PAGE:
Jan Lisiecki plays the best Op 25 No 12 Chopin Etude I've heard. Promising career I think.


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Originally Posted by Atrys
Originally Posted by phantomFive
Lang Lang earns more per concert than most pianists, and is certainly the hot item right now. My question is, why?

His market position is very powerful. He (and those that manage him) are very, very good at what they do. He has been able to position himself such that there is an insane amount of demand for him, which is awesome.

There are about a zillion things that have to happen to get into Lang Lang's position, so you can't really pinpoint it, but it's neat to witness.

Lang Lang has two missions and lives in two worlds. This is what PW forum members don't seem to "get".

First, he has an artistic mission, just like any other pianist. When he's playing with a local orchestra he's just as devoted to the music as a Sokolov or Perahia, and can turn out serious, thoughtful, and very musical performances. I've seen him perform live. While he did retain his legendary mannerisms, his playing was impeccable, and his demeanor was friendly, appreciative, gracious. And when he is engaged in "serious" playing, for "serious" audiences, he is fair game for the same sort of criticism that any other artist would be. You either like his interpretation or you don't.

But he also has a second mission, which is to promote classical music and bring it to the unwashed masses - those who've had little or no exposure to classical music, and no desire to ever listen to it. But how do you do that? You certainly don't do it by playing the same types of serious, straight recitals as your colleagues. You build a persona. You make yourself the center of attention, because that's how it works in all musical genres except classical music. People attend non-classical concerts to see a star - Lady Gaga, Taylor Swift, Bruce Springsteen, etc. They don't care who wrote the music. It's the performer, and only the performer. So if your goal is to bring Liszt or Chopin to the peasants, it is you who must lead them. But first you must achieve superstar status yourself, or no one will follow.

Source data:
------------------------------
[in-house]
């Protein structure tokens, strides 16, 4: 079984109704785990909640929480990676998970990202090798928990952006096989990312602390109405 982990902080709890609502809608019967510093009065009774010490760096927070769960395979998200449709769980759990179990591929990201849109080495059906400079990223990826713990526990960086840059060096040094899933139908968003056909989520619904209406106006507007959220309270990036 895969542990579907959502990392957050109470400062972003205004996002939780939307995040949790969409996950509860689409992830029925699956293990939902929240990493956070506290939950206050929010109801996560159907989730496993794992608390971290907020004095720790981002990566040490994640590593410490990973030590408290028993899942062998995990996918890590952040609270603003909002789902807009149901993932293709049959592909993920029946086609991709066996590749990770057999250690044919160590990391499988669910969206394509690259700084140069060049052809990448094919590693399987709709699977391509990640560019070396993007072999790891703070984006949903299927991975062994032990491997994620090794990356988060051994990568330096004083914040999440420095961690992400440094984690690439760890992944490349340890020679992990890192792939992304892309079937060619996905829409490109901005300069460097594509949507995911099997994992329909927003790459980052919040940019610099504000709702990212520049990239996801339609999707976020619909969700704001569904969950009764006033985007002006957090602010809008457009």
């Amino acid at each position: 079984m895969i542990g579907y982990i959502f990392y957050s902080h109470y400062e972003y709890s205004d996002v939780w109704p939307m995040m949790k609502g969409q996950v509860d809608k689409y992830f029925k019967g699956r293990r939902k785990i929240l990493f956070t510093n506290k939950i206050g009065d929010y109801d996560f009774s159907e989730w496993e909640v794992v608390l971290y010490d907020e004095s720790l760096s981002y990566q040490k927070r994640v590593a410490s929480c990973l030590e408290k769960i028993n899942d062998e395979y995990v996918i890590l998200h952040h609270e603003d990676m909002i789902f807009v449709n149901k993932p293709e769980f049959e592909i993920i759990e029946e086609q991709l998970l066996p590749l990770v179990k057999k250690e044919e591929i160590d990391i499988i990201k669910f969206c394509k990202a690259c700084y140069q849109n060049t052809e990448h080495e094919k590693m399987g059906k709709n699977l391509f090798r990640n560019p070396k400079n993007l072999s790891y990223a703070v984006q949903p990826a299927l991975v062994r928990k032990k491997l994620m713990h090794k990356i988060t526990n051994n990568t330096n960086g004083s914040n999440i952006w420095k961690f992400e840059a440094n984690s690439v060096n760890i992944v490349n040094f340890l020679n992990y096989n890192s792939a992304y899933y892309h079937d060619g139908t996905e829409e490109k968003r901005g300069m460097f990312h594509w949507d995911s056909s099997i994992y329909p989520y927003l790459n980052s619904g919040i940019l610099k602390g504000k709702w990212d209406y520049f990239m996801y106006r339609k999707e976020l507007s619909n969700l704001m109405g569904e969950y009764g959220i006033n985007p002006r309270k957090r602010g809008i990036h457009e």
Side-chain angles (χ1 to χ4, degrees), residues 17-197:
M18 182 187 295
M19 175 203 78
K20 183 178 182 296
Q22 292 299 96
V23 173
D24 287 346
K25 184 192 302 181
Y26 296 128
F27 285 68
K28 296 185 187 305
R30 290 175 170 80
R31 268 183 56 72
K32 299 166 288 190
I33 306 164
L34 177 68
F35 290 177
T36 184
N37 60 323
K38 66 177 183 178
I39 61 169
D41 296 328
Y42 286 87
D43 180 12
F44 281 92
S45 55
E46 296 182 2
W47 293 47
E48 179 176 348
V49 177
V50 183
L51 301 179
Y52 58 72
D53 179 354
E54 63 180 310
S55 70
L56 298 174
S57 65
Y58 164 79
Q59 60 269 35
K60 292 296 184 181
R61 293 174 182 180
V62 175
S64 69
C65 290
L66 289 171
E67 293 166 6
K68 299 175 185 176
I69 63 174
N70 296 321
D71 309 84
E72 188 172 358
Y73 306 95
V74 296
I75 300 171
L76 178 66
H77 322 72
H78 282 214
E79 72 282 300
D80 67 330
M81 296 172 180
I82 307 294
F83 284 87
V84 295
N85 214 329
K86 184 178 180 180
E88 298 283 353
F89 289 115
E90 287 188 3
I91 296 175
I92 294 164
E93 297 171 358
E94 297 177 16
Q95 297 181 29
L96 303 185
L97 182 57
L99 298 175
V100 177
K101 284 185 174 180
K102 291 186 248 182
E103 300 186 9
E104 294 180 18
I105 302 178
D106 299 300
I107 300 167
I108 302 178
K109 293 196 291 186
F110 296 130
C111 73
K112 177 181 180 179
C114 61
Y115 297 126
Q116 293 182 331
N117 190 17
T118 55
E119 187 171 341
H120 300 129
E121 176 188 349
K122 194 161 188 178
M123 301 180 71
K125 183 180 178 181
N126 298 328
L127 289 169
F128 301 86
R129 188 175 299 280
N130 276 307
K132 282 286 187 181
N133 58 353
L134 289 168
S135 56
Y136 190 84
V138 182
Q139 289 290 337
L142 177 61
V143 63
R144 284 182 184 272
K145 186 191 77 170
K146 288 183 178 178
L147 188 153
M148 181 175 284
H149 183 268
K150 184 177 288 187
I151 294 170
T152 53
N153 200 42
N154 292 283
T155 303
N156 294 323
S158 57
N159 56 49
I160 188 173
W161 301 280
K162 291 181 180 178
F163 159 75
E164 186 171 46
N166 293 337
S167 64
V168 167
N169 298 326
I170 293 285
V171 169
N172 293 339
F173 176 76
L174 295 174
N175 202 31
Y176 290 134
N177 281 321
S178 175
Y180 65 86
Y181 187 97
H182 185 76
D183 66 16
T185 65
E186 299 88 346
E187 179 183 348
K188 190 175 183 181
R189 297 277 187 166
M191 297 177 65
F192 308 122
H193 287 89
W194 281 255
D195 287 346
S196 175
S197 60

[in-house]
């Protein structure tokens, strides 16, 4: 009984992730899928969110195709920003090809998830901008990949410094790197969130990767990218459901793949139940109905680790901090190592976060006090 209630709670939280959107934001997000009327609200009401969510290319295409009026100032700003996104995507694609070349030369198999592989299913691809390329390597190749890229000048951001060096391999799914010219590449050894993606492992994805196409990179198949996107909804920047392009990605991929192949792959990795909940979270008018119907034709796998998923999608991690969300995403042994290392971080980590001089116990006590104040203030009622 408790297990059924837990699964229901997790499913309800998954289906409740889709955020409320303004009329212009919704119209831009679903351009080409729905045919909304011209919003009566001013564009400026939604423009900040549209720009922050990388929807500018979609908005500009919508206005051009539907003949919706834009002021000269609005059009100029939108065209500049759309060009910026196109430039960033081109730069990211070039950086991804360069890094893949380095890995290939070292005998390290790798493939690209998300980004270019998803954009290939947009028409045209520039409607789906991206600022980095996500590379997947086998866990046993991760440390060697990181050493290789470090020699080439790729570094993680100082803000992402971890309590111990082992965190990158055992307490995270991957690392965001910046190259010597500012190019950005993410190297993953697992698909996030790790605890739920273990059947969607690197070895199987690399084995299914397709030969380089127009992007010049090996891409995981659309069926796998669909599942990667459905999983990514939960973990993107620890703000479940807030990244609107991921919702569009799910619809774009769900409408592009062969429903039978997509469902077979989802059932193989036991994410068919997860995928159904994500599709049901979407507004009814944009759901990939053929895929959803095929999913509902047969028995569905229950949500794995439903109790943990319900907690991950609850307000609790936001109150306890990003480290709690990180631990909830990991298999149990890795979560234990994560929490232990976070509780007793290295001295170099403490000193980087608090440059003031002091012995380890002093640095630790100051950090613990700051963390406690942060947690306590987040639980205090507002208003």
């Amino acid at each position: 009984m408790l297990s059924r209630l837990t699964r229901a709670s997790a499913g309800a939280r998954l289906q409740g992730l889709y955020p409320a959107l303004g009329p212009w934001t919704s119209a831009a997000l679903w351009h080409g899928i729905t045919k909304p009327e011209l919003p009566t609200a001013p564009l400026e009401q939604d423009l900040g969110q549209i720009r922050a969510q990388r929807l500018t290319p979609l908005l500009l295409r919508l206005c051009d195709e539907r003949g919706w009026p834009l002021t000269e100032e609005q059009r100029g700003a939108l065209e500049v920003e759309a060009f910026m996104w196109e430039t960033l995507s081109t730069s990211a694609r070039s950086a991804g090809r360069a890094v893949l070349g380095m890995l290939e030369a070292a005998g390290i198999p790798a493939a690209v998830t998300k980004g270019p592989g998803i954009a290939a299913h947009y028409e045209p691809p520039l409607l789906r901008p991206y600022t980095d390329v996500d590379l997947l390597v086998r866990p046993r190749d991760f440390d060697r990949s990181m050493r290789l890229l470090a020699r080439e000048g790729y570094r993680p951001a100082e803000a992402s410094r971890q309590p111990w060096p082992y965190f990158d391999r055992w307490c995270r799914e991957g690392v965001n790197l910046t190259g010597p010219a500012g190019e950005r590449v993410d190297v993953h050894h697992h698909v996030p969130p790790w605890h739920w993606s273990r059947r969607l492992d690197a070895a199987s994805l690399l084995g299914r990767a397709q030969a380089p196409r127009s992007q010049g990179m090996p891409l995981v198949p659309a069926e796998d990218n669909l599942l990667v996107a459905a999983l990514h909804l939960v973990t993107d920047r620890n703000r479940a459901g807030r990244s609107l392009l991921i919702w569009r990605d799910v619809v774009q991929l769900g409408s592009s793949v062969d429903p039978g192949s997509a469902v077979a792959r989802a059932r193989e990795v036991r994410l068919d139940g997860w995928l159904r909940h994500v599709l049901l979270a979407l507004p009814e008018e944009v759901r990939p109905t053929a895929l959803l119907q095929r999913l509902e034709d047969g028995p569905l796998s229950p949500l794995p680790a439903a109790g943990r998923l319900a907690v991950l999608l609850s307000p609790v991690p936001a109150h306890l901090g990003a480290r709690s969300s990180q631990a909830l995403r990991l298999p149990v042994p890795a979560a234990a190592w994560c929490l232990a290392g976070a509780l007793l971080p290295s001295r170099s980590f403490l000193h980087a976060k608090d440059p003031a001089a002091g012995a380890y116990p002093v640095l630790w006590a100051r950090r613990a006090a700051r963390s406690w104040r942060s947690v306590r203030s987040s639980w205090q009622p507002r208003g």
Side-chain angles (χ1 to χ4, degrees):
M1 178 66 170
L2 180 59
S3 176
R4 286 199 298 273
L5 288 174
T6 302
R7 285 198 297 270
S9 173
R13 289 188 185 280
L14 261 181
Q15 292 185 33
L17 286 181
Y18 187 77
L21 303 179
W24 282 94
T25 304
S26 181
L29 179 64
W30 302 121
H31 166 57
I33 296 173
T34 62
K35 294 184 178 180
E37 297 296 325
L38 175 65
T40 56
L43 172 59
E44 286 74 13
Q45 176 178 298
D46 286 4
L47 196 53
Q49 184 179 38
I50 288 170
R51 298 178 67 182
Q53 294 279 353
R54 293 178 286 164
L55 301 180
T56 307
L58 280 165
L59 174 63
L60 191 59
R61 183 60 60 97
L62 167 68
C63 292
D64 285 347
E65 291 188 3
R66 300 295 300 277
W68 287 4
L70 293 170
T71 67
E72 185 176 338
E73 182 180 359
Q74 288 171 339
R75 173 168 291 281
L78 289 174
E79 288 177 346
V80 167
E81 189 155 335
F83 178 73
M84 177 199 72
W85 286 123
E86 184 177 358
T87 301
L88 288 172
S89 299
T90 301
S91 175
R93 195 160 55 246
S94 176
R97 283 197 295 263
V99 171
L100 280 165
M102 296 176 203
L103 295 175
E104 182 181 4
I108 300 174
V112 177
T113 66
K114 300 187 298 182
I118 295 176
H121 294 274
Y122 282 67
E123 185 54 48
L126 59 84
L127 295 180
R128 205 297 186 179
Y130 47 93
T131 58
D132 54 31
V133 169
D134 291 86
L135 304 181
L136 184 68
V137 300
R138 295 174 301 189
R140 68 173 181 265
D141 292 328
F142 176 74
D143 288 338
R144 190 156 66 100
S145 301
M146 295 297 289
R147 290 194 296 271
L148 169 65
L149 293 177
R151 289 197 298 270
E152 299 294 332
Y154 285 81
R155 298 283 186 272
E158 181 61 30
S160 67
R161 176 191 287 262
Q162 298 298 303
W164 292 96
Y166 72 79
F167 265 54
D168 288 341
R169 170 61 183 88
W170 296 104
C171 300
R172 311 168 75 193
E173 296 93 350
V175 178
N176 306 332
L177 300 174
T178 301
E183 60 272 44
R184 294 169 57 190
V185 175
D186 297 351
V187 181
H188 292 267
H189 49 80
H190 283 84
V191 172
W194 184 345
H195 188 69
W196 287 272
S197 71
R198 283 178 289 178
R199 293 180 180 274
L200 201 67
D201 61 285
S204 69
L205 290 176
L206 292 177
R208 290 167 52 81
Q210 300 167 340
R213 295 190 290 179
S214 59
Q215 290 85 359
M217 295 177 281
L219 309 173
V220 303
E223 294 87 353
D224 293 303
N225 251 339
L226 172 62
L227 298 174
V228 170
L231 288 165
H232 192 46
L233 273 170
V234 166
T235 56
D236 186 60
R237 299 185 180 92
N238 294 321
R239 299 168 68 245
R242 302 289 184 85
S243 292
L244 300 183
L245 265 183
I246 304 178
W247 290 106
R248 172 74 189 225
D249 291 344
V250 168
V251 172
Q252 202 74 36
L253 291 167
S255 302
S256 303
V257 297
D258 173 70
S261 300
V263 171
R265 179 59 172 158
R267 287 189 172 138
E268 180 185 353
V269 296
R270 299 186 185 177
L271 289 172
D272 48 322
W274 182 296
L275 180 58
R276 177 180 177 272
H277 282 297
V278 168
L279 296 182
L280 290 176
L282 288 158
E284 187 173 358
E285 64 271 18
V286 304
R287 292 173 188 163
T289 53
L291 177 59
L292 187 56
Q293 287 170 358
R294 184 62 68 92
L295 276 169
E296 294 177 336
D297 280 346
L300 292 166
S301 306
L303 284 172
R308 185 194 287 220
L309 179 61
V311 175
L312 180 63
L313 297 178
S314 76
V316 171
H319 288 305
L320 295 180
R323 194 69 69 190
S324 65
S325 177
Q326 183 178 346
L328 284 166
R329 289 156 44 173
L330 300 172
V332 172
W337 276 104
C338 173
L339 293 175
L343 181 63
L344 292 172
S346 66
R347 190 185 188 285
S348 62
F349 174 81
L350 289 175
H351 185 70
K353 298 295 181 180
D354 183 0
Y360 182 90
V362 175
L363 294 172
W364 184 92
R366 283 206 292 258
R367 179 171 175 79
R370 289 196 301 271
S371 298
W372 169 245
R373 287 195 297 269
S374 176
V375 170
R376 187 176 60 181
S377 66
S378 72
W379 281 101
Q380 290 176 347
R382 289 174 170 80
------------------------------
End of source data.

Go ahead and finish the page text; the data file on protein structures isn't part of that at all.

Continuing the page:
I think it's this "pop" side of LL that usually gets all the attention, and seems to be what rankles so many PW members. The leather pants, the smoke machines, the over-the-top affectations, the marketing, the packaging, etc. It all grates on the sensibilities of serious musicians, like many in this forum, and understandably so. But I have no doubt that Lang Lang is immensely talented, loves the music he plays, and is completely dedicated to the idea of making it accessible to anyone.

If you don't like his playing, that's fine. But I think it's unfair to dismiss his contributions to music simply because he chooses to straddle the two worlds of straight music and entertainment. Is he "the best pianist alive today", as the OP asks? IMO, absolutely not. But I'd say he's absolutely the best ambassador for classical music on the planet.

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Originally Posted by Old Man
Originally Posted by Atrys
Originally Posted by phantomFive
Lang Lang earns more per concert than most pianists, and is certainly the hot item right now. My question is, why?

His market position is very powerful. He (and those that manage him) are very, very good at what they do. He has been able to position himself such that there is an insane amount of demand for him, which is awesome.

There are about a zillion things that have to happen to get into Lang Lang's position, so you can't really pinpoint it, but it's neat to witness.

Lang Lang has two missions and lives in two worlds. This is what PW forum members don't seem to "get".